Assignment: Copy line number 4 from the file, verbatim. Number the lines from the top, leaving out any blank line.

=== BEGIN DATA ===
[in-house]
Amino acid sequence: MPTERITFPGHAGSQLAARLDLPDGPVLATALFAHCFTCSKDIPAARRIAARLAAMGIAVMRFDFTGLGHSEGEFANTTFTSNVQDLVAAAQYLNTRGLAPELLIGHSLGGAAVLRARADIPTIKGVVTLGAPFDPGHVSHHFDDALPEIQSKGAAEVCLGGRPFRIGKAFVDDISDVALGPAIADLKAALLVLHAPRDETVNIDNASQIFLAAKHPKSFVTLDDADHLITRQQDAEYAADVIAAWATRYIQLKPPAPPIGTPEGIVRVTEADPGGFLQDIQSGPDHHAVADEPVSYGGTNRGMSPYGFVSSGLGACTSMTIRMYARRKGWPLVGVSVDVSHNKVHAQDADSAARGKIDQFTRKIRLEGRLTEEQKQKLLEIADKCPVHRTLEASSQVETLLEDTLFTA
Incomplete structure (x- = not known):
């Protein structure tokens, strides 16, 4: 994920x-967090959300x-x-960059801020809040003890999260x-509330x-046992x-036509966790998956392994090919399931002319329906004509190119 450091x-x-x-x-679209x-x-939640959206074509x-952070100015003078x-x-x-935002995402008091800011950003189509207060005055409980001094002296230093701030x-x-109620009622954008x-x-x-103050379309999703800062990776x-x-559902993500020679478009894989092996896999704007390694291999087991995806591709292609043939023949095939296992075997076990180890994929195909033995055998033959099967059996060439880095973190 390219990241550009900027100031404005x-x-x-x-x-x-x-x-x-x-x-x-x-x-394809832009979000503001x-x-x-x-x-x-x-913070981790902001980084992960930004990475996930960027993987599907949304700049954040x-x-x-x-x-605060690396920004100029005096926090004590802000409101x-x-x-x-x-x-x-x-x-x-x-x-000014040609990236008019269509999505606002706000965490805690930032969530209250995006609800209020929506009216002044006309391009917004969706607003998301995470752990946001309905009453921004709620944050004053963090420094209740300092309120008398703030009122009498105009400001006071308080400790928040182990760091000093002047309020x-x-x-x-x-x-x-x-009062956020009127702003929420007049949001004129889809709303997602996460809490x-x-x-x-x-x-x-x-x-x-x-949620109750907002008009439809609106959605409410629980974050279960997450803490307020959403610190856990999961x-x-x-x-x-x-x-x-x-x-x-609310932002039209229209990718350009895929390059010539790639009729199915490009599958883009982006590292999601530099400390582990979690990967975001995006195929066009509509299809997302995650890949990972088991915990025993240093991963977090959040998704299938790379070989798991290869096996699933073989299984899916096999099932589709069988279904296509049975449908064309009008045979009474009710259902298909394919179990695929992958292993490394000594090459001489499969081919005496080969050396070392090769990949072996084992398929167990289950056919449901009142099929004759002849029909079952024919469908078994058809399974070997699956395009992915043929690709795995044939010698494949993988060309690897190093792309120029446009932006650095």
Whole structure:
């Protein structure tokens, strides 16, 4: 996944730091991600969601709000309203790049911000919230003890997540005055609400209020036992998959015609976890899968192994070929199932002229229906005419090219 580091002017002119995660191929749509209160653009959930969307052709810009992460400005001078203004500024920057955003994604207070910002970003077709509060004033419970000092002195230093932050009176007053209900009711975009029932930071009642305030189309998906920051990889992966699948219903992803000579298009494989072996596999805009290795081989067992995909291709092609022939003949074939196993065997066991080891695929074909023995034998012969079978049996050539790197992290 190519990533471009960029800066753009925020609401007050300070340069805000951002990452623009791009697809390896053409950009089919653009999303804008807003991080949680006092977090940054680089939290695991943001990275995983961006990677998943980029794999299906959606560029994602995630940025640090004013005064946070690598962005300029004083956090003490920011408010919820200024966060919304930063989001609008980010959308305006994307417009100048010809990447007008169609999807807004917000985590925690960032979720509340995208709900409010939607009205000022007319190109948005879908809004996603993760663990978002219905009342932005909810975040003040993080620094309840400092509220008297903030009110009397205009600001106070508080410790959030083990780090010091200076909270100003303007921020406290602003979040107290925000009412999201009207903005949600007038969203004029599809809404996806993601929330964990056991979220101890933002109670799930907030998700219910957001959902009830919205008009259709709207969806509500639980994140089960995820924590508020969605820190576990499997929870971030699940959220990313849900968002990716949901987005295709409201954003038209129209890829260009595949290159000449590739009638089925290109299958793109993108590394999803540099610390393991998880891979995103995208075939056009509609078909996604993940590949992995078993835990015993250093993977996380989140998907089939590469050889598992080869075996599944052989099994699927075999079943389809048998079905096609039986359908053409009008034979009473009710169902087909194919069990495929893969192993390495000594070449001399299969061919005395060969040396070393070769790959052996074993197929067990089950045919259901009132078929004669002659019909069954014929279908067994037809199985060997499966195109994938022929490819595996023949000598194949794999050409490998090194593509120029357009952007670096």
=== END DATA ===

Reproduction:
């Protein structure tokens, strides 16, 4: 994920x-967090959300x-x-960059801020809040003890999260x-509330x-046992x-036509966790998956392994090919399931002319329906004509190119 450091x-x-x-x-679209x-x-939640959206074509x-952070100015003078x-x-x-935002995402008091800011950003189509207060005055409980001094002296230093701030x-x-109620009622954008x-x-x-103050379309999703800062990776x-x-559902993500020679478009894989092996896999704007390694291999087991995806591709292609043939023949095939296992075997076990180890994929195909033995055998033959099967059996060439880095973190 390219990241550009900027100031404005x-x-x-x-x-x-x-x-x-x-x-x-x-x-394809832009979000503001x-x-x-x-x-x-x-913070981790902001980084992960930004990475996930960027993987599907949304700049954040x-x-x-x-x-605060690396920004100029005096926090004590802000409101x-x-x-x-x-x-x-x-x-x-x-x-000014040609990236008019269509999505606002706000965490805690930032969530209250995006609800209020929506009216002044006309391009917004969706607003998301995470752990946001309905009453921004709620944050004053963090420094209740300092309120008398703030009122009498105009400001006071308080400790928040182990760091000093002047309020x-x-x-x-x-x-x-x-009062956020009127702003929420007049949001004129889809709303997602996460809490x-x-x-x-x-x-x-x-x-x-x-949620109750907002008009439809609106959605409410629980974050279960997450803490307020959403610190856990999961x-x-x-x-x-x-x-x-x-x-x-609310932002039209229209990718350009895929390059010539790639009729199915490009599958883009982006590292999601530099400390582990979690990967975001995006195929066009509509299809997302995650890949990972088991915990025993240093991963977090959040998704299938790379070989798991290869096996699933073989299984899916096999099932589709069988279904296509049975449908064309009008045979009474009710259902298909394919179990695929992958292993490394000594090459001489499969081919005496080969050396070392090769990949072996084992398929167990289950056919449901009142099929004759002849029909079952024919469908078994058809399974070997699956395009992915043929690709795995044939010698494949993988060309690897190093792309120029446009932006650095």